From June 12 to 14, CMC held its 2023 Congress in Ottawa, at the Delta Hotel City Centre. The CMC team was delighted to welcome over 130 participants to the Congress, and to host a number of free sessions. We look forward to meeting the co-operative sector again next year, June 11th to June 13th in Halifax for another great Congress.

Free interactive sessions and a strong launch!

The CMC team was pleased to host a number of free sessions on Monday morning and during the afternoon before the official opening of the Congress. These sessions enabled smaller groups to interact on topics of great interest and relevance to the current context of Canadian co-operatives.

Led by Alexandra Wilson, Paul Hanna and Hazel Corcoran and sponsored by the Mark Goldblatt Co-operative Ideas Foundation, this stimulating, interactive workshop gathered the views of Canadian co-operators as part of the current global consultation on co-operative identity. 

At the same time, in the adjacent room, the Women’s Economic Council (WEC) workshop entitled: Breaking barriers: towards inclusive co-operative leadership was taking place. The aim of the session was to help strengthen efforts to attract, welcome and support diverse women into board and senior management positions within co-operatives and mutuals.

In the afternoon, Meg Ronson, from the Canada’s Emerging Co-operators and CoopZone, led an interactive meeting with co-operative developers. Armed with pencils and large cardboard boxes, Meg Ronson got everyone who attended her session actively involved.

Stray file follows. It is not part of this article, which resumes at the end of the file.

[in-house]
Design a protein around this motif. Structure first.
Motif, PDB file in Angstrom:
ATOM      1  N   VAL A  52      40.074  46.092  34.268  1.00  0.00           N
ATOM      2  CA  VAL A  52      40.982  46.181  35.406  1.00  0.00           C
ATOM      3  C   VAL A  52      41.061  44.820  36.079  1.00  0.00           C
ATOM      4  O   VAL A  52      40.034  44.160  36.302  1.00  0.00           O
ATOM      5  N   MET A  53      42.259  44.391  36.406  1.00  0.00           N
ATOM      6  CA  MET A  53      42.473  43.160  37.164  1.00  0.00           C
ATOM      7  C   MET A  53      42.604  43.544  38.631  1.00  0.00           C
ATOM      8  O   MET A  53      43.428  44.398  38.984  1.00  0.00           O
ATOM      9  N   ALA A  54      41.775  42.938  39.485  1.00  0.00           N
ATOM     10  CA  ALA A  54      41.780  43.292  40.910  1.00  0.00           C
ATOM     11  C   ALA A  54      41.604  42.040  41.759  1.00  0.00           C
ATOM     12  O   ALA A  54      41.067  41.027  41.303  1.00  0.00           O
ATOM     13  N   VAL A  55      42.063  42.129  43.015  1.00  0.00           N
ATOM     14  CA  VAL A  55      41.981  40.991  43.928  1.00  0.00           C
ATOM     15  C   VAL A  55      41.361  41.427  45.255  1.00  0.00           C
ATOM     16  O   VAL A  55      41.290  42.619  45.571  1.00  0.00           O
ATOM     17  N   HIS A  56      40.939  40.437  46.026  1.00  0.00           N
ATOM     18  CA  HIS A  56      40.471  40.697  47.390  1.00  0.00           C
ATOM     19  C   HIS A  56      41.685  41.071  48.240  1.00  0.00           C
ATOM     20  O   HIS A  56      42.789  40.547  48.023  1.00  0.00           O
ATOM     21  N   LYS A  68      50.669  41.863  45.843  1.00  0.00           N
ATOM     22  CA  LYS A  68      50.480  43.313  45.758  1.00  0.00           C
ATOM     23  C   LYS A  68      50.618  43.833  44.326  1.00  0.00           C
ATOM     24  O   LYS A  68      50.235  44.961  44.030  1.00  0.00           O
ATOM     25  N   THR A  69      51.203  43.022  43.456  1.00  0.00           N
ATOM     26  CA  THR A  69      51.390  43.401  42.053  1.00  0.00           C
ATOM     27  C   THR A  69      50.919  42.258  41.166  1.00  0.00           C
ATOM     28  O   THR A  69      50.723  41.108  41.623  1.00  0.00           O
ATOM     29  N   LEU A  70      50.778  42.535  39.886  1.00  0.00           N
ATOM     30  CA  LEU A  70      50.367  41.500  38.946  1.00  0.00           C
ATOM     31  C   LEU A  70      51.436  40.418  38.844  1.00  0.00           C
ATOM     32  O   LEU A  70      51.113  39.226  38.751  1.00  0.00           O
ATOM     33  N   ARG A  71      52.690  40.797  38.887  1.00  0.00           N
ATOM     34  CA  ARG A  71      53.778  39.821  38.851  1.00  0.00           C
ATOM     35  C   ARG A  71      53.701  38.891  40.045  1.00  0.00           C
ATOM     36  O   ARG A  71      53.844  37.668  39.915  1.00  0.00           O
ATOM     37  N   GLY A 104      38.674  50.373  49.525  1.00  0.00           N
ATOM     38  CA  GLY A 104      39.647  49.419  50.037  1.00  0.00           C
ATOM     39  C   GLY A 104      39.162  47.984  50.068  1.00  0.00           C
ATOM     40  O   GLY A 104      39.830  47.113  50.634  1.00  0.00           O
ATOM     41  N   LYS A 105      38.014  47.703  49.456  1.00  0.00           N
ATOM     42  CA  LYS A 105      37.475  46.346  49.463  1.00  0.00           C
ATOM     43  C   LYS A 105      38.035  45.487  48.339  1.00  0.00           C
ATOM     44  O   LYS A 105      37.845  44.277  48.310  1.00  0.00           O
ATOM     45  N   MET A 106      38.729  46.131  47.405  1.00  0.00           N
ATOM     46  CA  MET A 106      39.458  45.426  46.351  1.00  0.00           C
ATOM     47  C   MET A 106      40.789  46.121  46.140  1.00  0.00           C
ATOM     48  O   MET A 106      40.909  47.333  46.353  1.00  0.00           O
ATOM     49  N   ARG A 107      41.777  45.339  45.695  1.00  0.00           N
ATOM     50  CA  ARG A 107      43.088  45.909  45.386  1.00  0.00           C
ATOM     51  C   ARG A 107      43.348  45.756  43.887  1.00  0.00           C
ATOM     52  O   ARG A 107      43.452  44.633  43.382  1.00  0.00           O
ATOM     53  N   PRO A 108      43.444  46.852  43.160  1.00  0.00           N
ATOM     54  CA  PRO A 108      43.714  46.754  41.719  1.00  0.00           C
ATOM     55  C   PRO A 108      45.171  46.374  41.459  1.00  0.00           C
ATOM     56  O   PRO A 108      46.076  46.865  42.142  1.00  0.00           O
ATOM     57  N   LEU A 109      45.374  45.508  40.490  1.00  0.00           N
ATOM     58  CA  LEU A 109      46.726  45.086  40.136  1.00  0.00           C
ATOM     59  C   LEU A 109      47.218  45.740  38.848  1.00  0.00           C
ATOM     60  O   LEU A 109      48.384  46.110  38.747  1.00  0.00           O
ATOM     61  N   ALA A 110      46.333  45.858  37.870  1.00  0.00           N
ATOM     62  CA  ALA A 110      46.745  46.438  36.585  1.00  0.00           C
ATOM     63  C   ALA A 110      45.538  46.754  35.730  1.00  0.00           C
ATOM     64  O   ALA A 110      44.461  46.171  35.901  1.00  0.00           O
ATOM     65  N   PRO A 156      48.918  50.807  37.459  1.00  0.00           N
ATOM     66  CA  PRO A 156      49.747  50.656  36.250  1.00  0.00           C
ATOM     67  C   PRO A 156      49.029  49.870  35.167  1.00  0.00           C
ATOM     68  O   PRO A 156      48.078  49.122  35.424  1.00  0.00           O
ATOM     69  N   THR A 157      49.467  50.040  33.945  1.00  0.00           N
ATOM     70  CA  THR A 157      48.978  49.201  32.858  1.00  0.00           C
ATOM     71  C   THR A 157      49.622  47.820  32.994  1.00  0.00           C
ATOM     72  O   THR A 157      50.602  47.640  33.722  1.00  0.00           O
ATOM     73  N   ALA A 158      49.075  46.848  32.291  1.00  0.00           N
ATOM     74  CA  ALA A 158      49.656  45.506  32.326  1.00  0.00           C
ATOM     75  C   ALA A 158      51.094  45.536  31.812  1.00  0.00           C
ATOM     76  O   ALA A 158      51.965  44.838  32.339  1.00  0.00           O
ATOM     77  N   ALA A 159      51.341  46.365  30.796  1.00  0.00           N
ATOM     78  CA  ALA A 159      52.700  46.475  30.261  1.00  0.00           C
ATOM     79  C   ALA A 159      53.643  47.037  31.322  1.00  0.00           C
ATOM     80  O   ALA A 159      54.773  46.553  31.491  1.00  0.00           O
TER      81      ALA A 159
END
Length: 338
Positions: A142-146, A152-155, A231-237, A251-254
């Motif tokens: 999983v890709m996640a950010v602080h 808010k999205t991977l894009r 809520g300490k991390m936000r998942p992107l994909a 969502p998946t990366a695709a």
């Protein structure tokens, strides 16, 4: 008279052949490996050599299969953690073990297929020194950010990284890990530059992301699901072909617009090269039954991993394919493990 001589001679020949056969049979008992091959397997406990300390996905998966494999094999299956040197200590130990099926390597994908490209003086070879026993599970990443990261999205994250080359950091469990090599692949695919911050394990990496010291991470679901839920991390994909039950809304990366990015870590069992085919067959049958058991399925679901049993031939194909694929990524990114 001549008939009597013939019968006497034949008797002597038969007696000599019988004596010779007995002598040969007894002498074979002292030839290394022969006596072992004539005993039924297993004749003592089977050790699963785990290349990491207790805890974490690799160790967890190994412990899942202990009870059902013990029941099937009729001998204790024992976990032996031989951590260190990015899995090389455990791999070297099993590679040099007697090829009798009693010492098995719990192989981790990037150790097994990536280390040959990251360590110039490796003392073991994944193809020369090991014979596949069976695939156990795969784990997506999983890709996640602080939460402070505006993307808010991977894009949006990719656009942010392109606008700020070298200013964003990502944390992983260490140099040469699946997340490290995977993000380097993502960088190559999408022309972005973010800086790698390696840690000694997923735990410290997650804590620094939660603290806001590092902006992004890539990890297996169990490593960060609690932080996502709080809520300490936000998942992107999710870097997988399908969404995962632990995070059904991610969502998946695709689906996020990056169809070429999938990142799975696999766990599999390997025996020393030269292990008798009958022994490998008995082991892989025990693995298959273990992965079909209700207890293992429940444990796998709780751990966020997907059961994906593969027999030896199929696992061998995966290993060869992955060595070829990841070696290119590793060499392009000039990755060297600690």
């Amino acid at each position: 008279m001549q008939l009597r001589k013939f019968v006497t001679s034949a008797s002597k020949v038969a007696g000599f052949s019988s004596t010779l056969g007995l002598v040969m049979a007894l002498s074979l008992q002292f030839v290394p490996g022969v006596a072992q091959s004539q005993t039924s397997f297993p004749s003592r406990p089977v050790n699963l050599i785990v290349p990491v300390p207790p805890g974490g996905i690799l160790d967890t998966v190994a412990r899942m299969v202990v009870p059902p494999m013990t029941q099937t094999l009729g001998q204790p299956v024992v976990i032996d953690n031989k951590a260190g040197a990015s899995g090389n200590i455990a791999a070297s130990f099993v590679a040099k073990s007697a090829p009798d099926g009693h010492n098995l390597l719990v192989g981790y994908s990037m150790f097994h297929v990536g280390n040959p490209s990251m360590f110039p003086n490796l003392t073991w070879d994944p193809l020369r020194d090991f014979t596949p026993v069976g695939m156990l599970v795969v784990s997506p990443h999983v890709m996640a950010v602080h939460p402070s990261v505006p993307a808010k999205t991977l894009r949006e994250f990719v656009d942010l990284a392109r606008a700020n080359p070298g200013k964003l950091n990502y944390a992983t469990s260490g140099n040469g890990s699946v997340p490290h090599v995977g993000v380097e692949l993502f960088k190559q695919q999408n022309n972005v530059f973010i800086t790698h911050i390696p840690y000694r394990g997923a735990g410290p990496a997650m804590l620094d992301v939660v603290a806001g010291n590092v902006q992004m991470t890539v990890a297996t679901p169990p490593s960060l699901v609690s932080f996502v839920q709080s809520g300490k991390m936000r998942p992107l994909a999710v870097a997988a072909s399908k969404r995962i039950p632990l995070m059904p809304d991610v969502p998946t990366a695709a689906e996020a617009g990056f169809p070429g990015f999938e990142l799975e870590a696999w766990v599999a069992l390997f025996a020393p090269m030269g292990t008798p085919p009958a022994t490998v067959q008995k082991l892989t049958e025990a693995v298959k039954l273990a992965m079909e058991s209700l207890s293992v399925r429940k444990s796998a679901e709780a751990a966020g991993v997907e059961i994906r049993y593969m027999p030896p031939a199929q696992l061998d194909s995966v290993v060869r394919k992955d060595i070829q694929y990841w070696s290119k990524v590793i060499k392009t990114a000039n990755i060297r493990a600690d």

At 3:00 p.m., all participants gathered in the ballroom to officially launch the CMC 2023 Congress. John Kay, Chair of the Board, and Daniel P. Brunette of CMC, both welcomed the more than 130 people who had come to Ottawa for the Congress.

The opening session was followed by a panel discussion with two MPs from Parliament Hill. Diamond Isinger, CMC’s Director of Advocacy, moderated a discussion between Liberal MP Ryan Turnbull, a well-known personality in the co-op community, and Conservative MP Jasraj Singh Hallan. The conversation highlighted what was happening on the Hill, the importance of co-ops and mutuals in Canada, and how co-operators could communicate with their MPs to advance co-op issues.

After the day’s only formal session, participants and guests from Ottawa-area aboriginal communities were treated to the film Atautsikut / Leaving None Behind, sponsored by FCNQ Education Trust. This moving screening demonstrated the reality of indigenous peoples and the impact of co-operatives on their lives. Participants also had the opportunity to chat with the film’s director, John Houston, in a Q&A session. 

This busy first day ended with a welcome reception during which participants were able to network and relax.

An inspiring day and a festive evening

We started the day with a bang, welcoming Senators Moncion and Coyle for breakfast. They took the time to highlight the impact of co-operatives in Canada.

After this inspiring breakfast, participants attended a panel discussion with Mary Nirlungayuk, VP Corporate Services of Arctic Co-operatives Limited and Randy Dagasdas, CEO of Me-Dian Credit Union Limited who discussed how their co-operative business approaches the topics of truth and reconciliation and their recommendations for other co-operatives.

After a break, participants reconvened in the ballroom for case studies with young co-op leaders. Étienne Desfossés and Pénélope Bégin, both members of CEC, presented the white paper on young Canadian co-operators, offering recommendations on how young leaders can become more involved in the movement.